This may just be one of those things I dreamt, but I don’t think so. In the earlier part of this past decade, in 2003 or so, J. showed me a VHS documentary on the Athens, Georgia music scene from the late 1980s. It was a very good film and I remember quite a bit about it — there was a scene where Howard Finster was playing guitar with Dexter Romweber — but specifically, I clearly remember a scene where Michael Stipe looks at the camera and claims that he was the first person ever to use Christmas lights as everyday art-punk indoor house decoration. The first person, ever. In the late 1970s, he claimed. Before that, no one had ever strung up Christmas lights for decoration off-season. I may be misremembering this. But the reason I think I remember it so clearly is that I think J. and I watched the movie on that tiny TV-VCR I had in my bedroom on Gaulbert Avenue — a bedroom that was itself decorated with Christmas lights. I remember looking at Michael Stipe onscreen, and then looking at the Christmas lights, and then thinking, “wow, there is a direct correlation here.”
Flickr user Neys.
What a bold statement, Michael Stipe. If indeed he did make this statement, is it true? I had Christmas lights up in every apartment I lived in between 2000 and 2005. Around the windows, strung across the ceiling, over doors, around the perimeters of the ceiling. White ones, mostly, but I had a few blinking ones at various points, as well as the tube-style lights. I even once had purple Halloween-themed Christmas lights (I guess they would be called “Halloween lights”) that cast a ghostly purple light over the tiny one-bedroom apartment I had at Highland and Bardstown. It made everything that happened in that space seem important and cinematic and a little bit surreal.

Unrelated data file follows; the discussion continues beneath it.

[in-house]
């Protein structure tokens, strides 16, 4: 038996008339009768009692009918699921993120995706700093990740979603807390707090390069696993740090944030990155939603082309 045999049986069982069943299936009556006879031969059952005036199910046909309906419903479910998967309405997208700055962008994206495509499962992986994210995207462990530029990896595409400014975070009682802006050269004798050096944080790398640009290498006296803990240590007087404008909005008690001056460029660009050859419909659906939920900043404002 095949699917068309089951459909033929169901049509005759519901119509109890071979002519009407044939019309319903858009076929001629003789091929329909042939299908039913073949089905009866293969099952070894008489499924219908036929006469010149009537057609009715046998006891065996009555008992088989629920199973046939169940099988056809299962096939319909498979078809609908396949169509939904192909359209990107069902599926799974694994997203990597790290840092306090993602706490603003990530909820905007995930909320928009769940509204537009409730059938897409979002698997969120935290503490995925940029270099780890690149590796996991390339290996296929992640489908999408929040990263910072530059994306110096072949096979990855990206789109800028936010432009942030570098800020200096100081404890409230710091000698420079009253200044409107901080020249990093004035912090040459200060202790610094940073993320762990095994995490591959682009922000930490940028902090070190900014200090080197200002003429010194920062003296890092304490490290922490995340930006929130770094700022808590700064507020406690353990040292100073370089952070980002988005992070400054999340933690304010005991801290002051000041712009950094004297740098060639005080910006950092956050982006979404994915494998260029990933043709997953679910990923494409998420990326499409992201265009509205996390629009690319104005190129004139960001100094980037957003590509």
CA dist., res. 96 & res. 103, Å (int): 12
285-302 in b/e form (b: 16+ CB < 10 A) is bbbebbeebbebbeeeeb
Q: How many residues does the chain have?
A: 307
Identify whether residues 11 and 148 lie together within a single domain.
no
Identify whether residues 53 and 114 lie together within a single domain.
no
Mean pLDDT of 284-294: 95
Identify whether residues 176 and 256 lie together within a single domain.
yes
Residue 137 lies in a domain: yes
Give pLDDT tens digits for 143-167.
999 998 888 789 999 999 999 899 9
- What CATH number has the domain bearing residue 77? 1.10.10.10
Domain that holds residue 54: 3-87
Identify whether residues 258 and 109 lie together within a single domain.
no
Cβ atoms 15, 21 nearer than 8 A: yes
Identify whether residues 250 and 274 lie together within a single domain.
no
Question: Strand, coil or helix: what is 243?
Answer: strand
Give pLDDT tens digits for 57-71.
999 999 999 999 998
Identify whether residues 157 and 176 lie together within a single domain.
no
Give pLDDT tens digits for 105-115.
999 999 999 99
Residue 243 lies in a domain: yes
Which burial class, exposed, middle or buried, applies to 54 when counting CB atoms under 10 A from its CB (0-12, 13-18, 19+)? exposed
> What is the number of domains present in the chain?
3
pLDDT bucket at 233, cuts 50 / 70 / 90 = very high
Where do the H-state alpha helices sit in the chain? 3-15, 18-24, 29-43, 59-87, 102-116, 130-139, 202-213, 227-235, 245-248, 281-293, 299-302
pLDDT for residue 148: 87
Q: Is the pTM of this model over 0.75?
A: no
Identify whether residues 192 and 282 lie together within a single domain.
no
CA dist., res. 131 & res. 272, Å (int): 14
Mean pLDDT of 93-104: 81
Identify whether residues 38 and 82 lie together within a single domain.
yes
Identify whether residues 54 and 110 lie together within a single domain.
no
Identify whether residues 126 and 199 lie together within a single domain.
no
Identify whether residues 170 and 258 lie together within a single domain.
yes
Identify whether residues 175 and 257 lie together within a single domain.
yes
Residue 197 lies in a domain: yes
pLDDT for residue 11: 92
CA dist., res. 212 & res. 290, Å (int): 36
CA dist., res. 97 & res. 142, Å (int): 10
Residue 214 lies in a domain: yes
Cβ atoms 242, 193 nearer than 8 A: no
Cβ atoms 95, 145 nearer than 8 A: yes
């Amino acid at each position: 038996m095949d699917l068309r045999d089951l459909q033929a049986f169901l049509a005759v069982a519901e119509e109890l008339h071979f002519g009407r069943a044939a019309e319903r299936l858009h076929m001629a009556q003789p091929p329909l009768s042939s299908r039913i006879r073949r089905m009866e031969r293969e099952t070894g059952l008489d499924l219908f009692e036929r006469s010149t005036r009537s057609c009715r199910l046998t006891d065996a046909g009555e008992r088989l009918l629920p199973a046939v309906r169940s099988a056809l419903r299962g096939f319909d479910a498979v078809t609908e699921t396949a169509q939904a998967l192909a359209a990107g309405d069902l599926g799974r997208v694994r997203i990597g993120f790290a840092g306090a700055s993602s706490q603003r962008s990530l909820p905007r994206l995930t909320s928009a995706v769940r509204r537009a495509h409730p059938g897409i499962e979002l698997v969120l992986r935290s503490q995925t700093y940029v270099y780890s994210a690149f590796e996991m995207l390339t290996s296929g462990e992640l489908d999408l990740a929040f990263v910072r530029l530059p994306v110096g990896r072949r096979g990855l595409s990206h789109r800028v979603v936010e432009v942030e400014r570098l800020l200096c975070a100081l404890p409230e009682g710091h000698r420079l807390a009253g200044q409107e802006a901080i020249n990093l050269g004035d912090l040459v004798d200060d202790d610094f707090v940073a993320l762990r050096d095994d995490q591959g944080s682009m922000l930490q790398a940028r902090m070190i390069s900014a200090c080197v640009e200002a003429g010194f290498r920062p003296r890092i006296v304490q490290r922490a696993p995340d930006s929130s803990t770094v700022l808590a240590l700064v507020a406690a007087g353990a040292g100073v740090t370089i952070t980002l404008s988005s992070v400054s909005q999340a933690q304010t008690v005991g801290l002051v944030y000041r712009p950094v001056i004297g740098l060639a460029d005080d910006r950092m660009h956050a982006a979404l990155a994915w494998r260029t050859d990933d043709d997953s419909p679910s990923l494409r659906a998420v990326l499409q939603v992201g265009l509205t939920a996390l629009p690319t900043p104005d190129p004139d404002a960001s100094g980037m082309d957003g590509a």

Flickr user Magnus D.
Fifteen years after Michael Stipe first strung up Christmas lights in his Athens, Georgia art-punk house, it was still de rigeur to decorate your art-punk house Christmas lights. As far as I know, it still is, ten years after that.
Flickr user noncongrunt (1995).
I tried to confirm this with a Google Books search, but it’s not very helpful. There is no record I can find of Michael Stipe making such a claim. References to “Christmas lights” on Google Books first appear in print in the 1950s, from what I can tell. Wikipedia backs that up: “It would take until the mid 1950s for the use of such lights to be adopted by average households…Over a period of time, strings of Christmas lights found their way into use in places other than Christmas trees. Soon, strings of lights adorned mantles and doorways inside homes, and ran along the rafters, roof lines, and porch railings of homes and businesses.” It makes sense that it might take two decades for someone to figure out that they could be used to adorn mantles and doorways during the off-season. It makes sense that the person to figure that out might be Michael Stipe. Young, twenty-year-old Michael Stipe, in Athens, Georgia. Here I guess one could point out that Christmas lights create, in a room, an abstract sense of that room, not fully illuminated but filtered through a blur, in a similar way to how Stipe mumbles the lyrics to his songs, how he abstracts and blurs the words. One could point that out, but come on, let’s not get carried away.